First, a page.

This activity requires answers to a lot of questions, so I'm going to put them in a post here rather than clogging up the Tutor Group Forum!
One thing I have really begun to appreciate during H800 is that Technology Enhanced Learning is complex, messy and ever-changing. Hopefully I'll be able to at least put some structure on my own thoughts with this post.
I'm hoping to turn this:
The first set of questions in this Activity, and my responses to them, are below.
Think about your own learning – the resources and tools you use, where and when it takes place.
What is your experience of being a learner?
My experience of being a learner is quite varied, from my younger days as an undergrad, right up to the present as a part-time post-grad learner. The main differences between my experiences (using an under-grad and post-grad divide) are that as an undergraduate I was a full-time student in attendance at a physical college. As a post-grad, I am also working full-time as a lecturer and studying via distance learning: this is a very different experience to studying full-time in a face-to-face scenario. As an undergrad, particularly for my Ordinary Degree, the use of technology was extremely limited: students did not even have email addresses at that time (early 1990s) where I studied. The only use of computers that I remember was as word processors to draft assignments. For my Honours Degree, at a different college, we did have email addresses, and there was also a basic version of a VLE in place. My memory of it, though, is that many lecturers did not use it, as it was only in its infancy.
What tools and resources do you use?
VLE (Moodle), asynchronous discussion forums, live discussion sessions, twitter, facebook, coggle. I use these on a mixture of devices, including an Apple Mac, PC, Chromebook and iPhone.
What are your views on different technologies?
I am a technophile, so I am very comfortable in trying out and using new technology. On a daily basis, I use my devices and applications for all kinds of reasons (social networking, sharing, colaboration and creating content). I came across a nice phrase a few days ago which I think nicely describes how I live: techno-sapien. There has been much written about the "net generation" and "millenials". But, to be honest, I don't think a divide (if it exists at all) is as clear-cut as that. I was born in the mid-70s, and I am just as happy to get stuck into using the latest technology as anyone else.
Can you think of examples where technology has made a significant difference to the way you learn?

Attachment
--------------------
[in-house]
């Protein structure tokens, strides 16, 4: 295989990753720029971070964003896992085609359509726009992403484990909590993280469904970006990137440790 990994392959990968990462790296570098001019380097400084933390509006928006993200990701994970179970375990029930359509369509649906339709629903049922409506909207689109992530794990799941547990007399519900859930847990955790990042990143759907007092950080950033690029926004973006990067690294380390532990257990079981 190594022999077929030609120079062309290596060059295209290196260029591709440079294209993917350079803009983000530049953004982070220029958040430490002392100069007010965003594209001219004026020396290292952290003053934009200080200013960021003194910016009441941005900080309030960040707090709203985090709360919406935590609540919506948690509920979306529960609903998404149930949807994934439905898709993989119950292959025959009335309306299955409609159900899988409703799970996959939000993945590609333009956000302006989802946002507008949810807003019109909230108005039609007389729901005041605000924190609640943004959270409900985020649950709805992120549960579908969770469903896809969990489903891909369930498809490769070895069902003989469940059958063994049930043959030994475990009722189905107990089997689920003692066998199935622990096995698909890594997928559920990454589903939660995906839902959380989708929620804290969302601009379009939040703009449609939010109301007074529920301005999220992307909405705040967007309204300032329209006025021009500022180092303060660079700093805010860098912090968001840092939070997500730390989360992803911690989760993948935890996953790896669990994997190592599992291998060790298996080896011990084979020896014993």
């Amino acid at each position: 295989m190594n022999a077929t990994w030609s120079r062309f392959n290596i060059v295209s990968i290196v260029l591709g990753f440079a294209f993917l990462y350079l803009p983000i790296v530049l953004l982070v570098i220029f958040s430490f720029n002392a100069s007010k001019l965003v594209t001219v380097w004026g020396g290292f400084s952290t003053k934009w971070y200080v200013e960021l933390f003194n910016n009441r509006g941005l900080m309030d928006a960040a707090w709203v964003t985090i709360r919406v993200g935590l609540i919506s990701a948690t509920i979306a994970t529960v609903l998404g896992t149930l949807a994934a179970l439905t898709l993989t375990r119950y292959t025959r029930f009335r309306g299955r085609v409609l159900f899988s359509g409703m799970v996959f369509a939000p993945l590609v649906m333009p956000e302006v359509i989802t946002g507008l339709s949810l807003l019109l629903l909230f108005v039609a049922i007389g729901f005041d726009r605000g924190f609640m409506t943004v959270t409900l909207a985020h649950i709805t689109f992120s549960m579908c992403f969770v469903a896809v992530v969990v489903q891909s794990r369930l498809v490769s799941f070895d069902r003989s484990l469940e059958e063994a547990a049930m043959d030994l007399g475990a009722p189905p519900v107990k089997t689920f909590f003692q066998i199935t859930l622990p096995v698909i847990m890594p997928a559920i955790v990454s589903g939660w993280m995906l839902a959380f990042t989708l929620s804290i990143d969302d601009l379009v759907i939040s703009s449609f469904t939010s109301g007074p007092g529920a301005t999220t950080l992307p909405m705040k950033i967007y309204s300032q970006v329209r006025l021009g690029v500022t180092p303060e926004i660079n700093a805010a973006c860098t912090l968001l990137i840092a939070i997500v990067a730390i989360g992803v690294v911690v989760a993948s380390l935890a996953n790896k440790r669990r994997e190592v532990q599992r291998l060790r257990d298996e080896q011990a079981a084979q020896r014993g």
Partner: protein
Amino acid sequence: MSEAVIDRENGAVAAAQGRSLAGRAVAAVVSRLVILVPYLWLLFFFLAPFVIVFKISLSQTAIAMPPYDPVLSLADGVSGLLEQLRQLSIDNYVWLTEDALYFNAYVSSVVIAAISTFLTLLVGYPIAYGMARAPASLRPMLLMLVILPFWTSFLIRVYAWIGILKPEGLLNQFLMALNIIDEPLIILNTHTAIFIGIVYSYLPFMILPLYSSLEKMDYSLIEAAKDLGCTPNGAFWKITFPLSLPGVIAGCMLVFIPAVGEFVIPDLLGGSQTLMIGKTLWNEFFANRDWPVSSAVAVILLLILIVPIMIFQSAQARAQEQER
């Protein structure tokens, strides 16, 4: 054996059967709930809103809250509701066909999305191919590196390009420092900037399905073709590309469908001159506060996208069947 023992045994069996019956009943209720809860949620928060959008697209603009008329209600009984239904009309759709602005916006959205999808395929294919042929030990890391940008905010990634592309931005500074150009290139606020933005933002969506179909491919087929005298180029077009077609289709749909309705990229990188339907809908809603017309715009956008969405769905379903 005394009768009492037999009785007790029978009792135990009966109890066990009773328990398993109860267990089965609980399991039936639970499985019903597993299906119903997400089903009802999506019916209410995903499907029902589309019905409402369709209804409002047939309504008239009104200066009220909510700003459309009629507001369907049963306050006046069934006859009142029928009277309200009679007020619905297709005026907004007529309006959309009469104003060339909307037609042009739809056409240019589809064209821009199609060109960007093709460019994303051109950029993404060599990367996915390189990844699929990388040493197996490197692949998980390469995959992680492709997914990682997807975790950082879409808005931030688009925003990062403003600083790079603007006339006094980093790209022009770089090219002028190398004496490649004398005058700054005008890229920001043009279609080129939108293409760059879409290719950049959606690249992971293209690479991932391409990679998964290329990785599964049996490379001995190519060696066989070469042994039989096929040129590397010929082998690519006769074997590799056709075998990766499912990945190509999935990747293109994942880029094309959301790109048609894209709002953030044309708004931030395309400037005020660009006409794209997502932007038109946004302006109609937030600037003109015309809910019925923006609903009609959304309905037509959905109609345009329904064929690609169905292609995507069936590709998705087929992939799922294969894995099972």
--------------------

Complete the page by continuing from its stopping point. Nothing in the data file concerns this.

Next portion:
Live discussion forums come to mind. I think that being able to talk through topics live with a tutor and fellow students is a massive help. Sometimes a simple question, answered live by the tutor, can be a big thing: in the past I had misinterpreted some aspect of an assignment, and a quick question and answer from the tutor explained things and put me back on the right track instantly.
Another example is Google Docs. This application has allowed me to do my writing in the cloud. I realise that this technology is not going to have the "wow!" factor for everyone, but for me, working on a number of different devices at the same time, it is a great tool.
Can you think of counter-examples where you had a bad experience of a particular technology?
For some reason, at one stage during a live discussion in H800, the instant message chat box in Blackboard kept on getting smaller: as more text was put in, the font got smaller and smaller until I wasn't able to read it any more. This actually happened a couple of times. I think it was down to the version of Java that was on the computer at the time.
What did this do to your motivation for learning?
The issue was compounded by the fact that the microphone on my computer was also not working properly. That meant that the only way I could communicate with the other participants would have been through the chat box. In effect, it meant that I became a listener-in only, and I did not get a chance to add to the discussion. I can't say that this had much of an impact on my overall motivation, but it certainly was frustrating at the time.
How did you deal with the situation?
At the time, I had no option but to deal with it using patience! I did not want to pull-out of the live tutorial, as I felt that even as a listener I would get something out of the session. How I dealt with it afterwards was to completely upgrade the operating system on the Mac. Updating Java alone did not help, so a bigger maintenance job was required. It worked fine in subsequent sessions after that.
A visual representation of my PLE
I used an online mind-mapping tool called Coggle to draw up a visual map of my PLE. This is not an exhaustive "list" as such, but represents the "core" tools and technologies that I use pretty much everyday. The map is shown below. (This is a link to a larger version of the map)
Comments on the map:
One of the features of my PLE is that many of the branches which are interlinked in practice appear to be cul-de-sacs on the map. For instance, the tools mentioned are not directly linked to any of the devices, even though in reality the devices are the conduits for many of the tools. I have chosen to represent it this way for clarity, although at a later stage I may revisit the map to show some more connections.
Key words in my PLE:
Devices, communication, research, apps, networking, social, creation, collaboration
Home, work, mobile, online, face-to-face (or at least live discussion through OU Live)